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From: Peter Dimov (pdimov_at_[hidden])
Date: 2003-10-09 07:38:27

Alexander Terekhov wrote:
> Peter Dimov wrote:
> [...]
>> Right. There is only one way to convert a potentially throwing
>> operation into a nothrow operation, and that's by ignoring
>> exceptions.
> Why don't you simply catch KNOWN & EXPECTED exception(s) that you want
> to swallow?

And what ARE these known and expected exceptions in this case?

>>> Now, please click here:
>>> (Subject: Re: [OT] Re: C++ object locks like Java?)
>> I did. The example where the exception thrown by the reset() method
>> of a smart pointer is ignored is legitimate. This is not "blind use
>> of catch(...)".
> Sure it is. You can catch pthread_stackovf_e...

No, in standard C++, I can't. Stack overflow is undefined behavior. My
program is already broken, catch(...) or not.

> ... and never actually do a reset, to begin with.

This is known and expected. reset() is assumed to give the basic guarantee.
If the reset() attempt fails, the fallback is that the pointer will be
destroyed later, when all weak pointers die. The problem of course only
arises when reset() can throw, and is a good illustration why it should be
nothrow, which shared_ptr::reset() is.

>> But what does it mean for a cancel exception to be unexpected, from a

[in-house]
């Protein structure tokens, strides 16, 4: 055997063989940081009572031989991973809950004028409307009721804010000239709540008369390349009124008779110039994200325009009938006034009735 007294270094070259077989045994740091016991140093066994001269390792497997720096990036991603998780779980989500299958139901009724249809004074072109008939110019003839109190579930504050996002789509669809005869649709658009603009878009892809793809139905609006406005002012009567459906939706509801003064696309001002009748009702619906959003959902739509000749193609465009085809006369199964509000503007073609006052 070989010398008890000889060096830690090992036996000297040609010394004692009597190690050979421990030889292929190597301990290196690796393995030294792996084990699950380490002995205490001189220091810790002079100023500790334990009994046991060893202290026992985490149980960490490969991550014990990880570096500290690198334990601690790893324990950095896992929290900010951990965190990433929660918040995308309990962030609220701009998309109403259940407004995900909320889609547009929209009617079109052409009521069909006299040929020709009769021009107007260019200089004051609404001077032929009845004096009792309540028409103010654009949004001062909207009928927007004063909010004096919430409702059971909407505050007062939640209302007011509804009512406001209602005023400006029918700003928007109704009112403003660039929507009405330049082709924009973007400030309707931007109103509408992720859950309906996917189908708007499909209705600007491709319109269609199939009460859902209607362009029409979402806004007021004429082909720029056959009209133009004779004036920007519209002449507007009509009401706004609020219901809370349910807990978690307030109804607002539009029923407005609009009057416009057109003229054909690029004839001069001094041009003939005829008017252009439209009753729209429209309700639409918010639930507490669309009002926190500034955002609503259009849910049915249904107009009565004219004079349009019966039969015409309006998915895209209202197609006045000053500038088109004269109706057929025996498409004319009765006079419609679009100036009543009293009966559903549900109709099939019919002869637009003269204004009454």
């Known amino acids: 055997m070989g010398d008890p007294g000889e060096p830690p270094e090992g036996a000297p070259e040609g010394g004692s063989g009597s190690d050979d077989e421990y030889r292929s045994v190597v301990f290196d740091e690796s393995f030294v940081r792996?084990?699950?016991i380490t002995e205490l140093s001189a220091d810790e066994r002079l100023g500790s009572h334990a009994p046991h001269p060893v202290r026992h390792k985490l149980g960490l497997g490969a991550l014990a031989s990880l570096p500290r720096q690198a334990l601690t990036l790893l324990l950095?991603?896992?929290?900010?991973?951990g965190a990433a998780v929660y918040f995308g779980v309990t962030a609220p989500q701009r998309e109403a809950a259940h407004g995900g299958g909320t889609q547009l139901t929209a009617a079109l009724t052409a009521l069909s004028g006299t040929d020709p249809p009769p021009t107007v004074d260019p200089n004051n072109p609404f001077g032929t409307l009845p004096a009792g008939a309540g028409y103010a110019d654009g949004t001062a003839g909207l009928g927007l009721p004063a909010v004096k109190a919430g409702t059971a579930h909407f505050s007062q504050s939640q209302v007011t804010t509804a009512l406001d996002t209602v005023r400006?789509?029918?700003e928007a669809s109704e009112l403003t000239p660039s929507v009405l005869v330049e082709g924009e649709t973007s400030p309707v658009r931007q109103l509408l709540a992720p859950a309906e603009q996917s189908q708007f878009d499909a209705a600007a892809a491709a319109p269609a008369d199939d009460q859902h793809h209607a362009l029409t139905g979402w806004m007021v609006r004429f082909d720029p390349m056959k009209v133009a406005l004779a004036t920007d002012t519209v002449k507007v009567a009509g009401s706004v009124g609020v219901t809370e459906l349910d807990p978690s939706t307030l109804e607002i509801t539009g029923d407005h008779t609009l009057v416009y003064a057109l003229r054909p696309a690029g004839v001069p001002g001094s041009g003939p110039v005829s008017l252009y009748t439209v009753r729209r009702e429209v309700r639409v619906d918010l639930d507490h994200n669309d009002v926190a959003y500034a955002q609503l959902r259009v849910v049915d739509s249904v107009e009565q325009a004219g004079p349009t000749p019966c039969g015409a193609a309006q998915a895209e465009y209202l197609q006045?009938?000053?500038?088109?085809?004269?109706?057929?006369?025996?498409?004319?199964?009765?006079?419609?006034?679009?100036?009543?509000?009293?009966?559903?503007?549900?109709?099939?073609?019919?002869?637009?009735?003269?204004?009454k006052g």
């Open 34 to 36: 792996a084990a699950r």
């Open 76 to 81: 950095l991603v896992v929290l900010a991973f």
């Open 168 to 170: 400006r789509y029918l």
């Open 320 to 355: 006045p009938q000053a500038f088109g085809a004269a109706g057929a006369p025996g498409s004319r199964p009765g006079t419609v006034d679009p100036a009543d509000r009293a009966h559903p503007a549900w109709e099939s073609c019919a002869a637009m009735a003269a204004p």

>> language point of view? A cancel exception always has a handler, its
>> handler cancels the thread. std::expected_exception<> will always
>> return true for it.
> No.

Meaning "no, if there is throw() specification somewhere"? Duh. Of course.
That's kind of my point, you effectively want a primitive that tells you "in
a nothrow region", not whether an exception is "expected", whatever your
definition of "expected".

>> I'd rather have std::exceptions_allowed() that returns false in a
>> destructor or a throw() function.
> std::unwinding(T *) together with std::expected_exception<T>() (T can
> be void meaning "something/unspecified") is almost all what you need.

No. I don't care about unwinding. I don't care about "expected" exceptions.
I only need to know whether I can throw... and that's if I buy into your
argument. I'm not sure I do. Reverse dependencies (low level to high level)
are usually evil.

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